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Legislation to Reduce Drug Prices Is Here. The Ball Is In Trump's Court.

During the 2016 presidential campaign, Donald Trump made repeated promises to aggressively negotiate the cost of prescription drugs, and claimed drug companies were “getting away with murder.” Since he assumed office, his rhetoric has been more muted.

But legislators have not been idle. Eighteen Democratic Senators sent a letter to Trump in December 2016 listing actions that he could take to reduce drug costs. These solutions included allowing Medicare to negotiate better prices with pharmaceutical companies, requiring the companies to be transparent about the costs of making the drugs, outlawing abusive pricing, and creating more innovation incentives. The new administration did not respond to the letter.

And now Senators Al Franken and Sherrod Brown have followed up and introduced a comprehensive bill to ensure affordable prescription drugs. It would allow Medicare to negotiate drug prices, import prescription drugs from Canada, and boost federal funding for clinical trials to prevent private companies from monopolizing research. The Senators hope this bill will be a helpful list of solutions for the administration if it really wants to bring down drug prices. Currently the proposed law has fifteen cosponsors, including several moderate Democrats.

As expected, prescription drug lobbyists have emerged with their usual dire warnings, claiming that innovation will be harmed and jobs will vanish. As we have previously noted, these claims are very unlikely to occur.

The Trump administration has taken no action to reduce drug prices. In January 2017 Trump met with CEOs from various pharmaceutical companies. Before the meeting he was breathing fire, stating that under his watch the federal government would bid properly on drugs. But when the meeting was over and he emerged, Trump had changed his mind. Instead of negotiations to reduce drug prices, he stated that his focus would be lowering taxes and repealing regulations, and he would “oppose anything that makes it harder for smaller, younger companies to take the risk of bringing their product to a vibrantly competitive market.” In short, he dropped his earlier positions and started talking like the drug companies.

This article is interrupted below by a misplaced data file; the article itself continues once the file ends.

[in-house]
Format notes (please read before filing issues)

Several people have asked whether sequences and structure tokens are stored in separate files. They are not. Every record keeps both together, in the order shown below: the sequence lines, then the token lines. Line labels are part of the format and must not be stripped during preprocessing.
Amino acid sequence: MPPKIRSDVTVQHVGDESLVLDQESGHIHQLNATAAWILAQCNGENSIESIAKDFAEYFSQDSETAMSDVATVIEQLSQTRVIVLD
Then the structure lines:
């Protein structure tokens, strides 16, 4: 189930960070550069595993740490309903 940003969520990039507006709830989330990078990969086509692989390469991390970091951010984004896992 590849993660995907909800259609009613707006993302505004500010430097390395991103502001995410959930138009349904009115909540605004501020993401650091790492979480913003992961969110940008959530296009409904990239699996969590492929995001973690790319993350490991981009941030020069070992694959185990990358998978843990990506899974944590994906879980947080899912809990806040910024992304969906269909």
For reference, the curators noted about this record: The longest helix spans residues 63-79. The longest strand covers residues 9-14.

Why has President Trump abruptly changed his views? It is possible that the CEOs made a convincing case for the current system, but very unlikely, given all the injustices that we and other organizations have pointed out. Another possibility is that Trump was never intending to take action against price gouging. His choice for Secretary of Health and Human Services, Tom Price, opposed price negotiations as a Representative and did not give a clear answer when asked about drug prices at his confirmation hearing. And while Trump met with two Democratic representatives in March to discuss ways to combat high drug prices, he has not proposed any legislation. Moreover, in an effort to win the administration’s favor, drug companies spent over $2 million to buy access during his inauguration.

Lawmakers have proposed sweeping reforms to deal with drug prices, even as the Trump administration has retreated from its earlier promises. If the administration really wants to make progress, the ball is in their court.

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